Johannes, yours is a most fetching, delightful problematic. I applaud your problematic. I revere it. I covet it.
I find this post decidedly too problematic and too un-problematic… simultaneously. I’m also sort of thinking it is something like this…http://farm4.static.flickr.com/3109/2925864596_633d7b8c9b.jpg@JP: Good points. I don’t think it is a particularly American phenomenon, though. Speaking in terms of theory/philosophy… Heidegger (who is second only to Nietzsche, I believe, in creating the framework for all of the varieties of post (/postpost) modern discourse) was thoroughly ignored on both in Continental theory and on the Anglo-American front. He may have been appropriated by all of the continental theorists—but they sure as hell weren’t about to admit it given Heidegger’s Nazism. Eh. Foucault only admitted the connection on his deathbed. I don’t see anyone reading state sponsored Nazi poetry. Maybe there is someone creating poetry on the same level as Jacques-Louis David created visual propaganda for the revolution and Napoleon. I still don’t find myself particularly interested in reading it. I don’t know if “guilt” is the problem so much as improperly directed care (/a lack of care).
I like the guy in the minivan. If that's a visual metaphor for me, I find it entirely unproblematic.You mean to tell me you're not sick of people running around saying "problematic"?Johannes
Johannes -Hey, if you're pissing people off, you must be doing something right, no?
i don't know johannes. i don't know specifically what you're referencing to if you are referencing specifically- the recent dialogue about the gurlesque, which i've read with interest - but i think it's okay and valuable to indicate what's missing, to analyze the treatment of gender, or sexuality, or race or class (the social hierarchies) in literature, but not at the expense of shutting down a conversation. i very often find my own thinking problematic, because sometimes i am looking at literature or theory as a feminist and the other part of me who's interested in artaud, bataille, etc, this unrepressed someone's speaking of, i like that. i find the problematic enriching and infuriating, that negative space that ambivalence. now i guess it's different if someone says "that is problematic" to dismiss, to shut down, but if we're talking about a tension a dialogue isn't that where an interesting discourse begins? i guess for me i'm thinking of my recent thoughts on hysteria - i valorize the hysteric as possible liberatory force or in terms of the physicality of the hysteric, but yes i find this also intensely problematic (as charcot's hysterics were working-class women, the gendering of hysteria, the normative sexuality hysterics were expected to have, etc.). having one side so cleanly smacks of not being open to new positions, or the conversation about gender or sexuality or race or class that has often been erased from the conversation.but being "political correct" absolutely when dealing with literature yes that is too much of an ideological stand as well. also, you write you're not scared of "problematic." i think that's a valuable position. but you also say you're uncomfortable with the word as it's used in shutting down conversation. i agree. but i also think in a way dismissing the word might be dismissing the conversation. aren't valuable ideas often yielded from these arguments?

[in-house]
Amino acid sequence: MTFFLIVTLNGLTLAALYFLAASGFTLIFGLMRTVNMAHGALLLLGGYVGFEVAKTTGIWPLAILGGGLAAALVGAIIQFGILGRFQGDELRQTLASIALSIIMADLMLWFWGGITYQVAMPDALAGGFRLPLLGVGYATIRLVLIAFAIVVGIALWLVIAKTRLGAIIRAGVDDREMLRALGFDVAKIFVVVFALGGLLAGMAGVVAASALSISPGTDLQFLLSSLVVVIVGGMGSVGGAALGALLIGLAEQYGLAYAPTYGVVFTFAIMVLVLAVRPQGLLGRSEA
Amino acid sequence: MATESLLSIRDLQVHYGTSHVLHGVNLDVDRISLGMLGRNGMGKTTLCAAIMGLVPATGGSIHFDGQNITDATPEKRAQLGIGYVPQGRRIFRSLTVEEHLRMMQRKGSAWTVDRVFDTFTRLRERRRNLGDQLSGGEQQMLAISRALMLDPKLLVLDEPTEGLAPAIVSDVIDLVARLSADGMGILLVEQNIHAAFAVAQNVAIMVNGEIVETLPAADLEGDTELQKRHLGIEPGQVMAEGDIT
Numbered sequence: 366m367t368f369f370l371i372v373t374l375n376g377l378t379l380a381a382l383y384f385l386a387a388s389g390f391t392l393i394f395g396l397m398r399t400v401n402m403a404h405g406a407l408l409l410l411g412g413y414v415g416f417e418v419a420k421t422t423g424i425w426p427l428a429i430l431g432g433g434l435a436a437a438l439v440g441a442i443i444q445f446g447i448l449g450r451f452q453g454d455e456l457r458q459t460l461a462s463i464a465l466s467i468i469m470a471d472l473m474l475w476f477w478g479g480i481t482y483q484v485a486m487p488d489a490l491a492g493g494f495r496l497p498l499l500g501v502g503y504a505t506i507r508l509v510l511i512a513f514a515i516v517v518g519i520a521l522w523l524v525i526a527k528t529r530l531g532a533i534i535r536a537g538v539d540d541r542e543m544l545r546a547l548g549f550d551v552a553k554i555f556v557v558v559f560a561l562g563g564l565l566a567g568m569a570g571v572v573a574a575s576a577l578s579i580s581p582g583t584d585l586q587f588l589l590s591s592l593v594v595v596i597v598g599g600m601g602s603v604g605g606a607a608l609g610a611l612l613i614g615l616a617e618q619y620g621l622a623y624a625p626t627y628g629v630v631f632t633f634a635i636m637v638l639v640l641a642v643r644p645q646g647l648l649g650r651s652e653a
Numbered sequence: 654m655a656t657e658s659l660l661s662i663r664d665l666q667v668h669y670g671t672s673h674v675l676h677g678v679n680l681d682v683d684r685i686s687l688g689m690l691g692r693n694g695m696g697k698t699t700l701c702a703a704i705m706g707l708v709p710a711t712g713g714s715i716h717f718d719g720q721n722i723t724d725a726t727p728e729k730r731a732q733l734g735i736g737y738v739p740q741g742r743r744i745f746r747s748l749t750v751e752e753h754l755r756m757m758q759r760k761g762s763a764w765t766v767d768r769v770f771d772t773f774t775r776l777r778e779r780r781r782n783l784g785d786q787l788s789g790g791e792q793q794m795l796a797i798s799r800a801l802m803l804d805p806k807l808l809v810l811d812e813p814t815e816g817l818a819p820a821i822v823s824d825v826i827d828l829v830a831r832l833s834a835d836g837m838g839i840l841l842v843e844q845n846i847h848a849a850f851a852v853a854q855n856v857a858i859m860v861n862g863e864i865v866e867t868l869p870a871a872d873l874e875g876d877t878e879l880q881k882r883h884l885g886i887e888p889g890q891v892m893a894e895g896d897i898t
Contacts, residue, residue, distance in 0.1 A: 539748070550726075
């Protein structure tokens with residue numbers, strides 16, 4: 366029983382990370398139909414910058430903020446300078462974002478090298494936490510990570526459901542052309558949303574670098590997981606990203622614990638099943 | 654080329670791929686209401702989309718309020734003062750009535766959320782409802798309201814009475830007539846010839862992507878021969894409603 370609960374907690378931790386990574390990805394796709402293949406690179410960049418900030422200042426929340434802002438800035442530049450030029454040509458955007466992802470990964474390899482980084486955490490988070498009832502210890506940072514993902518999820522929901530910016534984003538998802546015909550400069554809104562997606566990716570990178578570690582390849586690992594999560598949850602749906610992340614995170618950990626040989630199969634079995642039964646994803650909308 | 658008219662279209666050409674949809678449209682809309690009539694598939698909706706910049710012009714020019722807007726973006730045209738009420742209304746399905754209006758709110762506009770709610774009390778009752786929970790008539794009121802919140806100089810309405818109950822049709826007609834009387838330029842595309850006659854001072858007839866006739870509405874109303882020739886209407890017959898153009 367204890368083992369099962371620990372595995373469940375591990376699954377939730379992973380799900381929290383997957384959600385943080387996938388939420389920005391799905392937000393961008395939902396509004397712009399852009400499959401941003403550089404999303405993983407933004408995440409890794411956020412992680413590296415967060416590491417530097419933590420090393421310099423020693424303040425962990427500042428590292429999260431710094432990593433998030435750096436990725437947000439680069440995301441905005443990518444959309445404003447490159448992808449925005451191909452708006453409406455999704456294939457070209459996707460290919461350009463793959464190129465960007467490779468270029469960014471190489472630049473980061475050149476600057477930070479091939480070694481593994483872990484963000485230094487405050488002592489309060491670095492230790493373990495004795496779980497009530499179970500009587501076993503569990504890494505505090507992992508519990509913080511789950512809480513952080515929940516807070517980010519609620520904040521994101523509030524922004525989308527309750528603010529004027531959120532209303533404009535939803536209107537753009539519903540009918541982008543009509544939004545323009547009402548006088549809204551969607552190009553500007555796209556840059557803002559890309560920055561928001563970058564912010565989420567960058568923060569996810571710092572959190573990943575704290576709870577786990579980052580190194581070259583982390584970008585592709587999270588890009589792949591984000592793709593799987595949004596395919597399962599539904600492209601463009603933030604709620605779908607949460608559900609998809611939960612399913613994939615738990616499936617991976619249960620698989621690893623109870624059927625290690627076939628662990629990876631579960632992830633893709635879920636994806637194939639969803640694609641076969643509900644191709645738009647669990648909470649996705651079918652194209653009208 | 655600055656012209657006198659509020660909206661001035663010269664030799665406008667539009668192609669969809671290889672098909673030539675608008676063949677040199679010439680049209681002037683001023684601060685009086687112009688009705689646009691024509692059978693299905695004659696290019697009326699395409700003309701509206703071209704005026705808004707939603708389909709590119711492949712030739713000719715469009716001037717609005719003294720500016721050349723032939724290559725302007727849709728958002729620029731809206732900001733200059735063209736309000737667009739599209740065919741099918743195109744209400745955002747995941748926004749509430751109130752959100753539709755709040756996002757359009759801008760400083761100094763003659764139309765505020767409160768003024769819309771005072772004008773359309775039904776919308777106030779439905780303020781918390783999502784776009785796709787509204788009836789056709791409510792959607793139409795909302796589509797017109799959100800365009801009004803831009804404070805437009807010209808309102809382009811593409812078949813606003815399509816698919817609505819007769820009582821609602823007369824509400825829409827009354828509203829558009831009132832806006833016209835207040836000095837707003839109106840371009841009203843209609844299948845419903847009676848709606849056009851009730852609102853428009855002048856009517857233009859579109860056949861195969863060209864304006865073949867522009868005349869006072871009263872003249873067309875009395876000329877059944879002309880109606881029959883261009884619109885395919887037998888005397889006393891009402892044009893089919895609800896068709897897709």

Forgive me. I am incapable of reading the Wagner remarks quoted in the previous post without seeing it as a cover PRECISELY for "egotistical concern for permanence and immortality at any price." I do not believe for a second that he was interested in making works only for his own time. However, I do believe the analysis with which he cloaked his denial is valid -- the new always becomes the old, and only after coming into being through intense effort. I did not realize I would trigger your traumatic personal memories of the American educational system. I regret upsetting you. However, your quoting Wagner with such zeal upset me, therefore I commented. It was not worth it. In fact, it was a mistake to look at the post at all.
Hi James:"Political correctness" certainly had an academic component, but thinking of it as only that probably ignores the role it played and still plays in a variety of oppositional communities.It's also not true that the most interesting theories of race are wedded to notions of essentialism, so it sounds like Michaels, like many another well-meaning leftist, likes to pick the low-hanging fruit of other well-meaning leftists as a way of promoting his own version of well-meaning leftism.It's certainly true, I agree, that it's not only white men who say "class before race or gender." It's just that non-white men are probably rightly skeptical of white men telling them that race and gender are not the essential issues.I read that comment from Jameson fairly ironically, since he too is his own excellent niche market. But that's another of the problems of this kind of debate--the other leftist theorist is always inauthentic, or incomplete, or co-opted, whereas my theory, which has no more impact on the larger world than any of the other theories I'm debating, is non-co-opted, and the the one that will lead us out of the morass.I find it telling, for instance, although perhaps about other issues, that in many ways Jameson long ago rejected most non-realist literature.That's not to say that I don't think some ideas of identity politics have been dead ends. But some ideas of class politics have been dead ends. In fact, if we start judging theories by whether they are dead ends or not, very few such theories and theorists shall escape whipping. And that includes us and our ideas, wouldn't you agree?
Jordan,Well that was James quoting Wagner, but your point is fine anyway. Johannes
Kate,I think we might have an interesting conversation about "problematic", sure. I'm just sick of seeing/hearing the word all the time. It seems mostly not to go any place interesting.Johannes